A Vietnamese co-worker produced my ticket for the bus back to Nanning. He also produced a map and indicated:
“You have to go to this hotel to get bus”
“Very far?” I asked
He said it was. It wasn’t.
I could have easily walked it but decided to be vicarious with most of the Vietnamese Dong. I waited for a taxi at the end of the street. The driver charged me 100,000. It should, given the distance, have been no more than about 30,000.
A couple of Chinese guys and a few other tourists were waiting for the bus in the hotel lobby. It did the same by stopping at the same restaurant where you could buy snacks. I threw the Dong away on chocolate pies and potato chips – disgusting and unhealthy.
I made fun with a friendly dog that rolled around on the dusty forecourt. It didn’t take to the potato chip I threw it.
It was a pleasant journey beside limestone outcrops cloaked in green afforestation. This area was a hive of activity during the Communist takeover of Vietnam and during the Vietnam War when supplies from China and the Soviet Union were transported in. Today, it just serves farmers, tourists and nominal traffic. The whole of this area, what with the limestone escarpments, is like Guilin and Yanghsuo in South China’s Guangxi Province.
The Chinese side of the border is much grander, roomier. What do you expect. The country’s got more capital. I was talking to a Chinese teacher yesterday who said he thought China’s lost so much of its past cultural heritage and moral traditions because of money and materialism. I couldn’t agree more.
A British guy working in Guangzhou I was sitting next to, gave me a nudge, as a military inspector got on board to carry out another passport check. “It’s jobs for the boys,” he said.
The bus sped to Nanning.
It had turned dark when the bus dropped me off, leaving me to ensuing Chinese New Year travel chaos.
I couldn’t get a train ticket to Wenzhou – sold out. There were no plane tickets for tomorrow and were a bit pricey for the day after.
I settled on the bus – 22 hours again. There was one ticket left for Wednesday the 9th.
I found the Lotusland Hostel surrounded by trees down on the left of an unlit street beside a canal. I got s dorm bed.
Too many notices were pasted here and there which usually means too many rules that usually get broken.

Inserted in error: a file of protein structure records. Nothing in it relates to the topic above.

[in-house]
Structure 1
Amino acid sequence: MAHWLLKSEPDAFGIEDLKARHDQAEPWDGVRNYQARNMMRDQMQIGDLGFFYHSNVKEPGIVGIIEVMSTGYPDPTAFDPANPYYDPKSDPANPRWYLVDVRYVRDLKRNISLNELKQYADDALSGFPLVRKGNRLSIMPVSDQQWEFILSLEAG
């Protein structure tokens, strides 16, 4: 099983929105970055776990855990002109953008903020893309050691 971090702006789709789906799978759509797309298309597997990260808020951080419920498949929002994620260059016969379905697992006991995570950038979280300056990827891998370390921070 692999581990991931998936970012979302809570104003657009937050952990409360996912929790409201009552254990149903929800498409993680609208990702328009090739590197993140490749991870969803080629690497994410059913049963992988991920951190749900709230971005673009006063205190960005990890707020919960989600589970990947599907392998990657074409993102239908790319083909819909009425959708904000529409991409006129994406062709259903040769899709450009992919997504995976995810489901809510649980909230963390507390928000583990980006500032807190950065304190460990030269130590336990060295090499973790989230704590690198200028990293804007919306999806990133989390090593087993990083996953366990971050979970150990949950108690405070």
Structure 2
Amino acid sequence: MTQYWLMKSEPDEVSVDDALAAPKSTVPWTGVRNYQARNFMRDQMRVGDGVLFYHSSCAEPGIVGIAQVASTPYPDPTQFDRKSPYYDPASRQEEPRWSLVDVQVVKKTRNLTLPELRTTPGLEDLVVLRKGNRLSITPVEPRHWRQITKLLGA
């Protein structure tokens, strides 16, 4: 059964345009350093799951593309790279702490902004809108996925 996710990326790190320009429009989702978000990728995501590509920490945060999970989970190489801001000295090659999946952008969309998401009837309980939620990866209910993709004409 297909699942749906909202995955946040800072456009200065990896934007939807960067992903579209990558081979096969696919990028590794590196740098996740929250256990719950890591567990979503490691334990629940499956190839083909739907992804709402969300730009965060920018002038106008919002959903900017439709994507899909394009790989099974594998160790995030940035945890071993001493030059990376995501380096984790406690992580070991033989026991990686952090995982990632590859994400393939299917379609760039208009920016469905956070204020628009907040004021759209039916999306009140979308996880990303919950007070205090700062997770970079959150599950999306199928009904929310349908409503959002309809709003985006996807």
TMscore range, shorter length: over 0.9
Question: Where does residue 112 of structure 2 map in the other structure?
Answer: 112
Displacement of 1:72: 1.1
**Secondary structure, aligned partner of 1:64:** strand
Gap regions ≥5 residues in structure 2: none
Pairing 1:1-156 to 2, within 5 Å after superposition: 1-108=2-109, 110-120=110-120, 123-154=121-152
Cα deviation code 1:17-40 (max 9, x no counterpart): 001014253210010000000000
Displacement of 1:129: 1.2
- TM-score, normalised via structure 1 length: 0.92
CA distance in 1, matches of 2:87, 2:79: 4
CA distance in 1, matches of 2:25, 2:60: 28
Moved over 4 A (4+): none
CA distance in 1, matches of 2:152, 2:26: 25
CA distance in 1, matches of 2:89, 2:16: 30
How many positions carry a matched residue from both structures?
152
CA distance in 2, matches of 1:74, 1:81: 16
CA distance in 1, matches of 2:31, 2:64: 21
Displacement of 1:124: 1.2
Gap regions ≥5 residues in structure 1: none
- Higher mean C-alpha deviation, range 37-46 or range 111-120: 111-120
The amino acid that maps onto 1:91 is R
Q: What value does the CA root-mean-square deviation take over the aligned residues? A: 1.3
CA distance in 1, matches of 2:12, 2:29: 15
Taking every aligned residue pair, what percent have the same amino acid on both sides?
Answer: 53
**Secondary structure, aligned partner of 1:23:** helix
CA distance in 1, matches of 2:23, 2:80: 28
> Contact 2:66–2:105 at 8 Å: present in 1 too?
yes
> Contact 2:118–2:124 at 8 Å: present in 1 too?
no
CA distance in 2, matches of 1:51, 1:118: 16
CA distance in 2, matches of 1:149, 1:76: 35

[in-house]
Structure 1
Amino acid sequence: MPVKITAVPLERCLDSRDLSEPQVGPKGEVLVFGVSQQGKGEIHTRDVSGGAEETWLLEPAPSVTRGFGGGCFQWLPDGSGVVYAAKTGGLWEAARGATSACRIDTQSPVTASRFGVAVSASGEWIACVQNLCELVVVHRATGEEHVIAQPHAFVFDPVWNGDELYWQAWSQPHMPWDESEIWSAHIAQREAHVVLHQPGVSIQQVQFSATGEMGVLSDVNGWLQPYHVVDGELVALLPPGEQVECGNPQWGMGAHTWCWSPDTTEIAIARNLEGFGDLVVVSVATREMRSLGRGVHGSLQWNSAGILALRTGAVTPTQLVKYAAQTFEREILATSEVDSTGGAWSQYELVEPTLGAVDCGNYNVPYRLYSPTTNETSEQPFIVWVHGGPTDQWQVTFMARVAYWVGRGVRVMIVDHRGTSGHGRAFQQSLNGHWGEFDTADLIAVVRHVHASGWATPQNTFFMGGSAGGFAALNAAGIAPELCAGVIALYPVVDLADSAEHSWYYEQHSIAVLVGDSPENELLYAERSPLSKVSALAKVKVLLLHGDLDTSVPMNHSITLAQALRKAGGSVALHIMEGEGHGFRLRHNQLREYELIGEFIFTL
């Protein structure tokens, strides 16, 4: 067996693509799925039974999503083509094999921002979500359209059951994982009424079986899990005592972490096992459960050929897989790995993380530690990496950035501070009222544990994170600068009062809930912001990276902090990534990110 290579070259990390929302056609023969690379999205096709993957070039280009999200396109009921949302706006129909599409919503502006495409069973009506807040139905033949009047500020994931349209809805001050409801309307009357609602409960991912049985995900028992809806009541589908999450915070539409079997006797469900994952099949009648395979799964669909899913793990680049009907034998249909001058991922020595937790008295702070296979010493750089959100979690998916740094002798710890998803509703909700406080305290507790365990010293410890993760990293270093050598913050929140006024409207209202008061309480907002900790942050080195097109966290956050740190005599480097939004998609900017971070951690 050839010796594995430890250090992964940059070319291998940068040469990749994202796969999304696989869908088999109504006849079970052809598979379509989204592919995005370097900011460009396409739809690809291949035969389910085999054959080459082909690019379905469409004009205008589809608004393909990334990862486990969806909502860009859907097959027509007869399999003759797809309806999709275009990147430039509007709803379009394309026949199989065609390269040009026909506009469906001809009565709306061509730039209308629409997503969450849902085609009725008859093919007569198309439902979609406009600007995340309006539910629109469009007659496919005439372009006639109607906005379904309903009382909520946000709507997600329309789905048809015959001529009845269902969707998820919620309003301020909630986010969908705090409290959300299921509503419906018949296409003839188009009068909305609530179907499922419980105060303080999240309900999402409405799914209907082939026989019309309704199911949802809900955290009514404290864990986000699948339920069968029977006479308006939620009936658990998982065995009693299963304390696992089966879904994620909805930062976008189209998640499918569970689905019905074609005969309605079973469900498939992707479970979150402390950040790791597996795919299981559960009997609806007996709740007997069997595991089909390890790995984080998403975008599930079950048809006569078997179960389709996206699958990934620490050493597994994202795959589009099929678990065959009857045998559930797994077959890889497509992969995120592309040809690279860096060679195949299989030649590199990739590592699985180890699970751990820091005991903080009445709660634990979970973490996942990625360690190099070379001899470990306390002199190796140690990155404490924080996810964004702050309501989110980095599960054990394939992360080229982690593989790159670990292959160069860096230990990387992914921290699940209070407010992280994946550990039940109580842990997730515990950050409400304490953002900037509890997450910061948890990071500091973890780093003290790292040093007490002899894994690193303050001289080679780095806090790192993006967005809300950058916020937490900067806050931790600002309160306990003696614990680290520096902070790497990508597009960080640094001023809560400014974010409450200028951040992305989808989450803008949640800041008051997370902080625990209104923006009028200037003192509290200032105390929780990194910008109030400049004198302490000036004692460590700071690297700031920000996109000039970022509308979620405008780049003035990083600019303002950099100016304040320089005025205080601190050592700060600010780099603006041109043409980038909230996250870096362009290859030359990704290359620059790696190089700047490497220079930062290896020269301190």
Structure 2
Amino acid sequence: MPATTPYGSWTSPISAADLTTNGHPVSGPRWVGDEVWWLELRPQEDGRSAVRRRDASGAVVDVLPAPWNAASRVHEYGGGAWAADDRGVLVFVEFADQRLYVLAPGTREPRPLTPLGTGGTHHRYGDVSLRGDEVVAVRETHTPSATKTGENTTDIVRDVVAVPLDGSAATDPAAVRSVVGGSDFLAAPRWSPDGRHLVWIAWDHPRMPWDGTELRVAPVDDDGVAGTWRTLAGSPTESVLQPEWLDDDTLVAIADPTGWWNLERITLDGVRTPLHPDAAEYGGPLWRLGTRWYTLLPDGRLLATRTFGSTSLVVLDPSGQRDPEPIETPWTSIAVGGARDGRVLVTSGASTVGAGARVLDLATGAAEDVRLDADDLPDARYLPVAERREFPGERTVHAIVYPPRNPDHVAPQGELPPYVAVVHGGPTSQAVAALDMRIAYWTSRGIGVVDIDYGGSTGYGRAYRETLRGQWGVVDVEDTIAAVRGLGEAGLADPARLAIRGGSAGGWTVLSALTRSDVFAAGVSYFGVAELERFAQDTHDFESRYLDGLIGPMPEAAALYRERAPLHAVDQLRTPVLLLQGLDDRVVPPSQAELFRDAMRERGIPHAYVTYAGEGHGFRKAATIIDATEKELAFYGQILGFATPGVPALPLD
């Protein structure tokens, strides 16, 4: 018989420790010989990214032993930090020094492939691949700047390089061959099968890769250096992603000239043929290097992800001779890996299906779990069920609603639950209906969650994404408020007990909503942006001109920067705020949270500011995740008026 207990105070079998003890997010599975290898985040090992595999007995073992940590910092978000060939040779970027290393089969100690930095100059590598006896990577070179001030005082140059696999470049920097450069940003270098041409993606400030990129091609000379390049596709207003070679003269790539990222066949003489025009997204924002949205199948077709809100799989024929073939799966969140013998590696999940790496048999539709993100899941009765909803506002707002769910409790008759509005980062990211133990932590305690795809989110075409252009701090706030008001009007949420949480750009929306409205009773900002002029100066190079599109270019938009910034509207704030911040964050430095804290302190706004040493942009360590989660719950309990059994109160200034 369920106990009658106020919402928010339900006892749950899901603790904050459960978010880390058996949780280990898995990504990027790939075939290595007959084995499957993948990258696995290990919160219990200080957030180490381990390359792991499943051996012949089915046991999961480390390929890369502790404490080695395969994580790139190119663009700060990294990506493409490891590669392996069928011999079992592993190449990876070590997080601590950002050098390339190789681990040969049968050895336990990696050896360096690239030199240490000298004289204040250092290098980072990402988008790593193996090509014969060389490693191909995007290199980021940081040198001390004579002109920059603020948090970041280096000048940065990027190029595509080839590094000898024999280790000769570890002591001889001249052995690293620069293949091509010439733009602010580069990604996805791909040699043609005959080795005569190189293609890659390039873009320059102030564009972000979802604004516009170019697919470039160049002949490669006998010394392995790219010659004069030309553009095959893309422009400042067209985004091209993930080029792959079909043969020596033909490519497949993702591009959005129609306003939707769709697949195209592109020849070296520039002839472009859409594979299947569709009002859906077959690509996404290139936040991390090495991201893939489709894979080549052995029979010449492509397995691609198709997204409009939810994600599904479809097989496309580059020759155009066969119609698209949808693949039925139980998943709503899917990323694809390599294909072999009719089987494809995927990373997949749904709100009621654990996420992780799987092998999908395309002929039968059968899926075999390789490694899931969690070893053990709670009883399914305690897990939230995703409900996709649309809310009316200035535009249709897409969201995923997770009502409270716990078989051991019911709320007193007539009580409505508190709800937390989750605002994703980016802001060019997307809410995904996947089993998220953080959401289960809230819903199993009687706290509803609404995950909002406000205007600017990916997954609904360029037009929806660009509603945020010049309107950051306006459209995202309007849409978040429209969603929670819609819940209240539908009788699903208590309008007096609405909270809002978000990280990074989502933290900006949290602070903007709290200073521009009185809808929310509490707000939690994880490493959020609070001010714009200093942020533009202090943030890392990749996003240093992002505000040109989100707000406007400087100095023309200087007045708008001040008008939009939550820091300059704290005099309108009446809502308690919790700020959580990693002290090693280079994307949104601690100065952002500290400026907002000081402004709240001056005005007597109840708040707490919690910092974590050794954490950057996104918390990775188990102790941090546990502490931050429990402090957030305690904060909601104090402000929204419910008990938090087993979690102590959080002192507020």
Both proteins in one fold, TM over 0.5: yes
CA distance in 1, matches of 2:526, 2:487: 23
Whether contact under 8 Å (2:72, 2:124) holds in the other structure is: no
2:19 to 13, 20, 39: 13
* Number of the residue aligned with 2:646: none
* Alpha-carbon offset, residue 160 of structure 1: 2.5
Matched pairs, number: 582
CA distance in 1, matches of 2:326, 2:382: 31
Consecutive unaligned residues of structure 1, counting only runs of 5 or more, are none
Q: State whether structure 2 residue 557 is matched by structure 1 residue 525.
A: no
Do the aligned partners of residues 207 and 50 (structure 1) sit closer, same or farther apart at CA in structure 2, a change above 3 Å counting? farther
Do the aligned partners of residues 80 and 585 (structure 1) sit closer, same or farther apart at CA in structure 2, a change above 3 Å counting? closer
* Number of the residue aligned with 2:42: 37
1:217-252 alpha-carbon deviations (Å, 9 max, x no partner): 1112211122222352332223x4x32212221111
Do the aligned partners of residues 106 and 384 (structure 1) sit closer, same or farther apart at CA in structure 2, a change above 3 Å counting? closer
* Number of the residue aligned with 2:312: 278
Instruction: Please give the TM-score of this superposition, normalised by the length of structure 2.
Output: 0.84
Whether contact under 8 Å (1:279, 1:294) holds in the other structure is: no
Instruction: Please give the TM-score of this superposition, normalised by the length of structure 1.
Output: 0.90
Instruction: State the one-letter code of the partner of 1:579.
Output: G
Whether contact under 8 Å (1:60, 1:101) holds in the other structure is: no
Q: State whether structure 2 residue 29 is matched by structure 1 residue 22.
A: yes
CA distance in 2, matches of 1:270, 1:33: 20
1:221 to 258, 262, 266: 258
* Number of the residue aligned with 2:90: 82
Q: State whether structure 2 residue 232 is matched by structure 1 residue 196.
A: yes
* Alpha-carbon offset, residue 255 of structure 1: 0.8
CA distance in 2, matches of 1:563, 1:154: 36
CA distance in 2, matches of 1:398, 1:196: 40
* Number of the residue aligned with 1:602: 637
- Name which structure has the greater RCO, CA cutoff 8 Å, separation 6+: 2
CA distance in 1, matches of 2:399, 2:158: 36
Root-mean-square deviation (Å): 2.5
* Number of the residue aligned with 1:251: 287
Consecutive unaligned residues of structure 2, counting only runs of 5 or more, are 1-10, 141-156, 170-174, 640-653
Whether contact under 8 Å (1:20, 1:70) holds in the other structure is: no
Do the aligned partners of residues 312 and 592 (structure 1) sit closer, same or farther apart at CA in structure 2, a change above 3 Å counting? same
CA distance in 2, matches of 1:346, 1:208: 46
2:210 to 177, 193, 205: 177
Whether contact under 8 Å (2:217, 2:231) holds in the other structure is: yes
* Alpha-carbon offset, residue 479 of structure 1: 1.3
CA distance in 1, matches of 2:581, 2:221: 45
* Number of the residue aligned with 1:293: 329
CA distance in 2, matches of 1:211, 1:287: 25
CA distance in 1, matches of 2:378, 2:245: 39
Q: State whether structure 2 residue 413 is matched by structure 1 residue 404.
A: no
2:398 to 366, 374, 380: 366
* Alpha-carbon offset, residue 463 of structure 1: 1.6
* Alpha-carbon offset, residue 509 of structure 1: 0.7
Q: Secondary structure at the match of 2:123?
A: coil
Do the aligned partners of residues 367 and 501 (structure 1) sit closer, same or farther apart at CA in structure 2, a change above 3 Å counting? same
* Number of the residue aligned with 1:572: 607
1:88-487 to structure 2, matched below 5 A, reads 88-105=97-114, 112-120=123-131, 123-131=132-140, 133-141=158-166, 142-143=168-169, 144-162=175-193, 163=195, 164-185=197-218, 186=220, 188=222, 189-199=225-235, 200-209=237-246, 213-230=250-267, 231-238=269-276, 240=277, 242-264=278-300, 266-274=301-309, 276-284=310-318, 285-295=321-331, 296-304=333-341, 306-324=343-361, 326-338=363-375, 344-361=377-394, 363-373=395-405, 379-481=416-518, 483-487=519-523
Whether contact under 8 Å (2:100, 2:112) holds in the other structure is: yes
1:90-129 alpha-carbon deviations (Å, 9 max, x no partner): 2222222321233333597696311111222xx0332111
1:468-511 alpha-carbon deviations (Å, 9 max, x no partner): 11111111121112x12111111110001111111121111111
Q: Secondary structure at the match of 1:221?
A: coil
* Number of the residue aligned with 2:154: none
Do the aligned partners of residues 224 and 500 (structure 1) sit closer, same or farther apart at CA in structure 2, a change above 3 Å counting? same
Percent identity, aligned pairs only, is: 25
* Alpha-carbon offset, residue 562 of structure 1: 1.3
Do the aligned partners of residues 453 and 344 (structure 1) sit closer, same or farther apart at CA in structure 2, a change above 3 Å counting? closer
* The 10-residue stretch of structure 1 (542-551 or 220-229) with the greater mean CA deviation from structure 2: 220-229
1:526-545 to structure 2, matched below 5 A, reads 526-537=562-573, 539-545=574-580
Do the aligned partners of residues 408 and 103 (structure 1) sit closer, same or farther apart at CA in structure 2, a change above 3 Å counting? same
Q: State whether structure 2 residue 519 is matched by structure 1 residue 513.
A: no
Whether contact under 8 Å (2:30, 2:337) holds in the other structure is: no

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“I Don’t Think We Can Say We Didn’t See Anything of Vietnam”

Another Mask Store - Hanoi

The train made a prolonged stop at a station. I toyed with the idea of getting something to eat from a vendor on the platform. I changed my mind. It wasn’t long before another couple with two youngsters raided the cabin and took the bottom bunks. The younger girl played with a fish-shaped balloon. It got a bit irritating as it floated up, invading the top ceiling and nearby space.
The train clicked, rattled on, venting out prolonged bugle-like sounds every so often on its way to Hanoi. There wasn’t much of note to see: a dreary opaque landscape consisting of banana plantations, rice and crop fields, people on motor bikes, and dirt roads. A few sizeable limestone clumps rising up tooth-like appeared. Sad that they are being quarried for raw materials, either sulphur or another kind of powder. Such are the perils of economic development, and that man can only see them for what he thinks they are for – utilization.
The train pulled into Hanoi station around 3:30 p.m. It isn’t that big: run-down, dirty and quite grotty with garbage on the track. I waved away demanding punters who wanted to take me in a taxi or on the back of a motorbike. It was near enough to the alleyway where the Old backpacker’s Hostel is located, so I used my map of the city and legs, and best-footed it forward.
Although not quite, most of the streets were like a ghost town situation: stores shut up, sparse traffic, not even half the usual activity. Well, it was slap bang in the middle of the Tet Festival after all.
Having legged it to the small street, I checked into the Hanoi World Hostel. It is rather shabby and run down. What do you expect for $5 a night, particularly if it’s dorm accommodation.
I booked a bus ticket back to Nanning for the next day. As it was nearing the end of my last full day in Vietnam, I went to capture any Hanoi atmosphere that I could: entered a DVD store that was stacked to bursting and bought a three set copy entitled, ‘Vietnam, The Ten Thousand Day War.’
A gondola woman vendor sold pineapple, 40,000 Dong for two lots. I was getting a vicarious attitude, throwing the money away like confetti. I wouldn’t be in the country to spend any more after tomorrow, so best to get rid of it.
Opposite the hostel, I went into a store to buy a bottle of Tiger beer. The owner said “thank you” in Vietnamese which means “gamba.”

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Train Jolts and Curves – A Dispute About Coffee Money

It bumped, jostled and curved its way onwards. It was as though its screeching wheels and groaning cogs were winding down or in serious need of lubrication. The passing life outside was shrouded. The dark night kept it secret, a murky world, mist-covered by windows. Daylight, welcoming, was there. The sun pushed through shods of clouds that hung on distant mountains. Some, closest, were rocky and variable. The rest was flat and fertile: rice fields, palm and banana plantations. The clapped-out rust and crudded stretch of iron proved remarkably resilient as it jolted and shunted forward blaring its horn, grinding to a halt.